The death penalty needs to be abolished

Nathaniel Woods was executed by the state of Alabama via lethal injection. Photo courtesy

In the United States of America, fads and trends come and go. However, one trend that has never gone out of style is the death of innocent Black bodies at the hands of the government.

Nathaniel Woods is yet another example of this horrid truth.

Woods was convicted in 2005 for allegedly killing three Birmingham, Ala. policemen in 2004 even after there was no evidence tying him to the murders, and also after his co-defendant said that he was innocent of all killings.

Sadly, Woods would never get to see justice, as he was executed on Thursday, after the US Supreme Court denied the stay.

Alabama governor, Kay Ivey, gave a statement following the execution, implying that Woods’ execution was justified because he was a key conspirator in the death of the officers. She also gave her condolences to the officers’ families and not Woods’ family.

Being an Alabama native, I am very familiar with blatant racism. From getting called the N-word to being the only one who got in trouble after I swung on a guy for calling me a slave. I am not shocked this happened in my home state. However, I am disappointed. To add insult to injury, the following day it was announced that Thomas Edwin Blanton Jr., Birmingham 16th Street Baptist Church bomber, will be up for parole in the next year.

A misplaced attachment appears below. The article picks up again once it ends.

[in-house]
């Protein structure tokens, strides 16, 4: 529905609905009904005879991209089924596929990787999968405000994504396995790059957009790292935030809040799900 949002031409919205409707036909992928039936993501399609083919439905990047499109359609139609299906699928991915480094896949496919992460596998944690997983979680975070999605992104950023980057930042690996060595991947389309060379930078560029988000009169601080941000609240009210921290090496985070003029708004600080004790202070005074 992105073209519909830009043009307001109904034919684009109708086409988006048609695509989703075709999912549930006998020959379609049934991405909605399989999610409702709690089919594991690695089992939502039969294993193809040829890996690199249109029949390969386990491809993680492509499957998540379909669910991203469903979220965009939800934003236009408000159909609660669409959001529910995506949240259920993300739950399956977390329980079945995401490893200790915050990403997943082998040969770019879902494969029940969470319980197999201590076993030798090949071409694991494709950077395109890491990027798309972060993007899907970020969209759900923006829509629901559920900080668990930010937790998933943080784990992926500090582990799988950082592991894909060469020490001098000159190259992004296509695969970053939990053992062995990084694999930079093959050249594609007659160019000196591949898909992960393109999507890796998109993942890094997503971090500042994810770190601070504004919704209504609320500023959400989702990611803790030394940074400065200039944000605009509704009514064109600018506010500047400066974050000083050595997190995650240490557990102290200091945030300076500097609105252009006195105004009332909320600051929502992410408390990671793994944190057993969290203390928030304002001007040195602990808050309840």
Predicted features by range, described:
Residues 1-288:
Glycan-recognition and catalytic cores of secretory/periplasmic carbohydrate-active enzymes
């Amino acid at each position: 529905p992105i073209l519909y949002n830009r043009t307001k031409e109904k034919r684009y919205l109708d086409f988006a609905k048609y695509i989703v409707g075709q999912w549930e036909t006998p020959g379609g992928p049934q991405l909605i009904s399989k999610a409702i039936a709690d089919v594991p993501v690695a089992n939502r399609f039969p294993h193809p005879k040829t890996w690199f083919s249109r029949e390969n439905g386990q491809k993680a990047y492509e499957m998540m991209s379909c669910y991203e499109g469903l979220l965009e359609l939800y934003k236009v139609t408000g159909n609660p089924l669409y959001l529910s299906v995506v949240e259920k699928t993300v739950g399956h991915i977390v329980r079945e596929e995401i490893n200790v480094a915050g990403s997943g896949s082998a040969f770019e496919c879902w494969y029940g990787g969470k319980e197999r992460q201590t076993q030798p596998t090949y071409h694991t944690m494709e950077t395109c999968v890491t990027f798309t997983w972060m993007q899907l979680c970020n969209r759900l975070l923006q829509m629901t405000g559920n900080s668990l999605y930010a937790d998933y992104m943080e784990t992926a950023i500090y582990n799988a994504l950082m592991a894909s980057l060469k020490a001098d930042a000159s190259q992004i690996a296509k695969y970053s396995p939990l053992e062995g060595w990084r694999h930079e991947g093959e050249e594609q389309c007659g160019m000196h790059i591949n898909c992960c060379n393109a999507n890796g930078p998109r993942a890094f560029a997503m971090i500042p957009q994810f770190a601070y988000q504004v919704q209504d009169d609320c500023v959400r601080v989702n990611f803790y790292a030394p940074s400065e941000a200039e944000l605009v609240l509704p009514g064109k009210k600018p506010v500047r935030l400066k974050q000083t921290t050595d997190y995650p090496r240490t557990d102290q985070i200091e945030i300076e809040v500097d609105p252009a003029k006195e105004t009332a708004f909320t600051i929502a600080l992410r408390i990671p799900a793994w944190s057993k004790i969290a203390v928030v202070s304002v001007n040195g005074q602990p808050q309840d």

These sequence of events clearly reveal a racial bias that cripples the integrity and morality of an entire country.

From slavery to the civil rights movement, to modern-day police brutality and wrongful convictions and executions, this country has instituted the lawful abuse of Black bodies for centuries. For many decades, lynching has been the name given for these heinous acts.

After 120 years of failure, Congress has made lynching a federal hate crime punishable up to life in prison. But that’s not enough when considering the lives that were, and continue to be taken away at the hands of white supremacy. That includes the unjust solution of the death penalty.

Furthermore, America must confront its long-standing contradictory stance of being pro-life and devoutly Christian while instituting and supporting many laws that are antithetical to the aforementioned descriptors especially when it comes to Black people. However, delimiting race, how can the two truly exist?

As a Black man living in America, as well as, a Black man who hopes to raise Black men in the future, suppressing all laws built to oppress Black people is important to me. This includes the death penalty. There must be an end to laws that give the government the legal right to kill. Historically, those rights are often weaponized against Black and brown folks.

Hopefully, Woods’ execution sheds light on the crooked laws of Alabama, the South and the country at large.

Before absolution must come accountability. America must be held accountable for letting these heinous acts continue to be a part of its history and hopefully, turn from its wicked ways.